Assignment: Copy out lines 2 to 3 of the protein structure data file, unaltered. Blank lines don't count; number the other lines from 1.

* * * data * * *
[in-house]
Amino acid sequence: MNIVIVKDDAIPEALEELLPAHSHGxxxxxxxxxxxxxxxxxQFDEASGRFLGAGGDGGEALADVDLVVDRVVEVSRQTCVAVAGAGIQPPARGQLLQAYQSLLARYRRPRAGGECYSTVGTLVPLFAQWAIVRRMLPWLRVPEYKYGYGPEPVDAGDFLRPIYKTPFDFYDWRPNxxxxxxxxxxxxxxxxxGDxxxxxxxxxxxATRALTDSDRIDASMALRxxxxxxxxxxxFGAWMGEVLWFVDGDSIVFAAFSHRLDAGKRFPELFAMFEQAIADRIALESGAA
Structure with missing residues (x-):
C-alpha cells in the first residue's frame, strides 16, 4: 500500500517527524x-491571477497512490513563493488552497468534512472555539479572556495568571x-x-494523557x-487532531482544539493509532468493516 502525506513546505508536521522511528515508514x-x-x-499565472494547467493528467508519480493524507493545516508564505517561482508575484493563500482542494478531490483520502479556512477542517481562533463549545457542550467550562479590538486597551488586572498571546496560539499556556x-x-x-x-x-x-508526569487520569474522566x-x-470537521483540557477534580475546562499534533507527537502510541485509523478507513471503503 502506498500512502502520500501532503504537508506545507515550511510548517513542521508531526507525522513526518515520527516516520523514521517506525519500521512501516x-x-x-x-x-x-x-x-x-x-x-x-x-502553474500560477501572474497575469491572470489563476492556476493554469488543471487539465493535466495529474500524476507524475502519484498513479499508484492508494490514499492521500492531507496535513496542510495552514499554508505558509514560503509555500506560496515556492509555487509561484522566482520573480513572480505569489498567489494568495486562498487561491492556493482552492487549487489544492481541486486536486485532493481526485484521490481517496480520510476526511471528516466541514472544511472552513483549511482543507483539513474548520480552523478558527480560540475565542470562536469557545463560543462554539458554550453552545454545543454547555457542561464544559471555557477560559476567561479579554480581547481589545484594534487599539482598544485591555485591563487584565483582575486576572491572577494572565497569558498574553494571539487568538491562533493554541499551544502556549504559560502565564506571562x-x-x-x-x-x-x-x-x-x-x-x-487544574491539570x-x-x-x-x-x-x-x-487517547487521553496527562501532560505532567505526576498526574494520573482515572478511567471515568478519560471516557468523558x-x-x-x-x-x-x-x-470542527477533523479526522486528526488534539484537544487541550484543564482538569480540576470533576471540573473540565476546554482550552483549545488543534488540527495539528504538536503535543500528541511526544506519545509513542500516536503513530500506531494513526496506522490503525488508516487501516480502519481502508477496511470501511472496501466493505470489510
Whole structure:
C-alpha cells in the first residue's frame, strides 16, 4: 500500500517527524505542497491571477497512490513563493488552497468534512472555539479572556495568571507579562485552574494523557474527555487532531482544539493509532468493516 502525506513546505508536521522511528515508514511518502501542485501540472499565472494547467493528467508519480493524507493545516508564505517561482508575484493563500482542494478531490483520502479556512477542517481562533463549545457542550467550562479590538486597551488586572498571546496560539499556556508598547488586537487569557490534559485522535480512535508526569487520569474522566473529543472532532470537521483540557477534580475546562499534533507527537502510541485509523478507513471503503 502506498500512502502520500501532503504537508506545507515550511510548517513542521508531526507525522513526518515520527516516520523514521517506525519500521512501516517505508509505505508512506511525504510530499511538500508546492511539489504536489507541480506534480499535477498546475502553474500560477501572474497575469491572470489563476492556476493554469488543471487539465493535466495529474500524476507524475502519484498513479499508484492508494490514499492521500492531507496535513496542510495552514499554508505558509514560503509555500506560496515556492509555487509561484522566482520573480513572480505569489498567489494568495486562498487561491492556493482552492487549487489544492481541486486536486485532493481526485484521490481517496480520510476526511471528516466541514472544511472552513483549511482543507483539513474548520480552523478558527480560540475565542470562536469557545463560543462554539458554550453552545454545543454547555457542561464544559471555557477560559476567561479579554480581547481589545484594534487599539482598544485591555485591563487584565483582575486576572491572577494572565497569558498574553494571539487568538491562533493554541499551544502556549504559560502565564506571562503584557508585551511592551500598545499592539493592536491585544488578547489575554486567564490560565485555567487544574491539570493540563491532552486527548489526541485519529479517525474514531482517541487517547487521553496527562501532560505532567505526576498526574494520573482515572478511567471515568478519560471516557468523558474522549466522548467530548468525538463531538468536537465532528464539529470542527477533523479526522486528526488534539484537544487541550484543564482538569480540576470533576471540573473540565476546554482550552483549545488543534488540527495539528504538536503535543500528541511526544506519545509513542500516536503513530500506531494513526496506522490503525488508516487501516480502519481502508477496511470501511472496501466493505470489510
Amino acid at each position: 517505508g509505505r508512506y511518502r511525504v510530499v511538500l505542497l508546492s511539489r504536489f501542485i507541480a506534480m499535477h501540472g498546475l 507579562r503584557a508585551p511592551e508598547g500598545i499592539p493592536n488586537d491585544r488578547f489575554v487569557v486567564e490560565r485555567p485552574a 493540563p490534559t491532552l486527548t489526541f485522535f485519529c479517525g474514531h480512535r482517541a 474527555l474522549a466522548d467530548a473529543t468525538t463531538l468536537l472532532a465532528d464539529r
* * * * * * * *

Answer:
Amino acid sequence: MNIVIVKDDAIPEALEELLPAHSHGxxxxxxxxxxxxxxxxxQFDEASGRFLGAGGDGGEALADVDLVVDRVVEVSRQTCVAVAGAGIQPPARGQLLQAYQSLLARYRRPRAGGECYSTVGTLVPLFAQWAIVRRMLPWLRVPEYKYGYGPEPVDAGDFLRPIYKTPFDFYDWRPNxxxxxxxxxxxxxxxxxGDxxxxxxxxxxxATRALTDSDRIDASMALRxxxxxxxxxxxFGAWMGEVLWFVDGDSIVFAAFSHRLDAGKRFPELFAMFEQAIADRIALESGAA
Structure with missing residues (x-):